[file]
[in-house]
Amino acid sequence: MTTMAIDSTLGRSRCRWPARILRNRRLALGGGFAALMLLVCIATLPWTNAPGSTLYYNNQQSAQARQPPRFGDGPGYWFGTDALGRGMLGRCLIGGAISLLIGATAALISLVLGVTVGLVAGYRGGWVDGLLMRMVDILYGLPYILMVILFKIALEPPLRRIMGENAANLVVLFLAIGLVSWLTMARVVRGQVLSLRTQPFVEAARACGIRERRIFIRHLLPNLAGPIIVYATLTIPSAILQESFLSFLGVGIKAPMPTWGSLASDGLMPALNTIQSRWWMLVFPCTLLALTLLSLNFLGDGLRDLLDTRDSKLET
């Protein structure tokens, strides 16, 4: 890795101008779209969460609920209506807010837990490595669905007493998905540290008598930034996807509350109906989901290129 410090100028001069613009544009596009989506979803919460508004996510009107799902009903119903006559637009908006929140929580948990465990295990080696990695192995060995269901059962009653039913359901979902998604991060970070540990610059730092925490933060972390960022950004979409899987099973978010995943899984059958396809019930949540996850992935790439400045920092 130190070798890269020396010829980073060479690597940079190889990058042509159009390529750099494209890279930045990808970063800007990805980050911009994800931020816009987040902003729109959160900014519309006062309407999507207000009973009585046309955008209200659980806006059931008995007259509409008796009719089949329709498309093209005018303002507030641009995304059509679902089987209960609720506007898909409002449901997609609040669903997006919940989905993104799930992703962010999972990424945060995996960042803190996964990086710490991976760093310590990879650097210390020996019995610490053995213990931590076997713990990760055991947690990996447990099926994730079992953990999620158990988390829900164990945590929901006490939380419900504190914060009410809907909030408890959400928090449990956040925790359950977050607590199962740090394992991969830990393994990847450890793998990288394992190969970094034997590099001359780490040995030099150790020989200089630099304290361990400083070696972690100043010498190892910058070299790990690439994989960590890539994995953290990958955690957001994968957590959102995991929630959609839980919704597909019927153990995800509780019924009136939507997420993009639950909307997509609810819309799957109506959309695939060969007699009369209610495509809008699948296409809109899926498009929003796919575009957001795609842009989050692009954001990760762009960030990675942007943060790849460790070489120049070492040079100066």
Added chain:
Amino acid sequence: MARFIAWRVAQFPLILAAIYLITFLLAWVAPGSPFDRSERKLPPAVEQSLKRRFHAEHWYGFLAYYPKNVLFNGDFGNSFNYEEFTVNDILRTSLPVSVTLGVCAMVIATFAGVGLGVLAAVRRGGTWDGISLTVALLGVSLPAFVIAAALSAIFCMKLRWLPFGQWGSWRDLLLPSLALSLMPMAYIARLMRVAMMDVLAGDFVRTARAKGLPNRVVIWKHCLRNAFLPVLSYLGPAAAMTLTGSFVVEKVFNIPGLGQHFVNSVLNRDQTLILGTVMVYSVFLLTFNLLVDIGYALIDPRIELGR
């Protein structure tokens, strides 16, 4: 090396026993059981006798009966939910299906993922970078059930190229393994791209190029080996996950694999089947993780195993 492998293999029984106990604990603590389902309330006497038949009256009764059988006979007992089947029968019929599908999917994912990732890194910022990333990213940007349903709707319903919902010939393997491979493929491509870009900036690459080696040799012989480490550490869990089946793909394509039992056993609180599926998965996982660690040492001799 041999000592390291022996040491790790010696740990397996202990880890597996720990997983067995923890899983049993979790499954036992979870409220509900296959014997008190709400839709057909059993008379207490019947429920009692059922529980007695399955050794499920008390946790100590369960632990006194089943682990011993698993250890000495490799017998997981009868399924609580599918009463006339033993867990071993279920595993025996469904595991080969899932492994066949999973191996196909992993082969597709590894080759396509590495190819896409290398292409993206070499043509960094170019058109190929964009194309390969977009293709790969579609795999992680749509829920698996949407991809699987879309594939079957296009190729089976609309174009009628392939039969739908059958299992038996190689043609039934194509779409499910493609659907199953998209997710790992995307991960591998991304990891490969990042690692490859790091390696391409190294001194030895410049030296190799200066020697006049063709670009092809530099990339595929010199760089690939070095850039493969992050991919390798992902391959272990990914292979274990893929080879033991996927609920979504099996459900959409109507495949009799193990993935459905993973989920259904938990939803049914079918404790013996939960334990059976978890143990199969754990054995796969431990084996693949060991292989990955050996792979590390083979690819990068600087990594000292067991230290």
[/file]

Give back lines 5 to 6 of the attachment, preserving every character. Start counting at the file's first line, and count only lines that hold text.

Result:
Amino acid sequence: MARFIAWRVAQFPLILAAIYLITFLLAWVAPGSPFDRSERKLPPAVEQSLKRRFHAEHWYGFLAYYPKNVLFNGDFGNSFNYEEFTVNDILRTSLPVSVTLGVCAMVIATFAGVGLGVLAAVRRGGTWDGISLTVALLGVSLPAFVIAAALSAIFCMKLRWLPFGQWGSWRDLLLPSLALSLMPMAYIARLMRVAMMDVLAGDFVRTARAKGLPNRVVIWKHCLRNAFLPVLSYLGPAAAMTLTGSFVVEKVFNIPGLGQHFVNSVLNRDQTLILGTVMVYSVFLLTFNLLVDIGYALIDPRIELGR
């Protein structure tokens, strides 16, 4: 090396026993059981006798009966939910299906993922970078059930190229393994791209190029080996996950694999089947993780195993 492998293999029984106990604990603590389902309330006497038949009256009764059988006979007992089947029968019929599908999917994912990732890194910022990333990213940007349903709707319903919902010939393997491979493929491509870009900036690459080696040799012989480490550490869990089946793909394509039992056993609180599926998965996982660690040492001799 041999000592390291022996040491790790010696740990397996202990880890597996720990997983067995923890899983049993979790499954036992979870409220509900296959014997008190709400839709057909059993008379207490019947429920009692059922529980007695399955050794499920008390946790100590369960632990006194089943682990011993698993250890000495490799017998997981009868399924609580599918009463006339033993867990071993279920595993025996469904595991080969899932492994066949999973191996196909992993082969597709590894080759396509590495190819896409290398292409993206070499043509960094170019058109190929964009194309390969977009293709790969579609795999992680749509829920698996949407991809699987879309594939079957296009190729089976609309174009009628392939039969739908059958299992038996190689043609039934194509779409499910493609659907199953998209997710790992995307991960591998991304990891490969990042690692490859790091390696391409190294001194030895410049030296190799200066020697006049063709670009092809530099990339595929010199760089690939070095850039493969992050991919390798992902391959272990990914292979274990893929080879033991996927609920979504099996459900959409109507495949009799193990993935459905993973989920259904938990939803049914079918404790013996939960334990059976978890143990199969754990054995796969431990084996693949060991292989990955050996792979590390083979690819990068600087990594000292067991230290």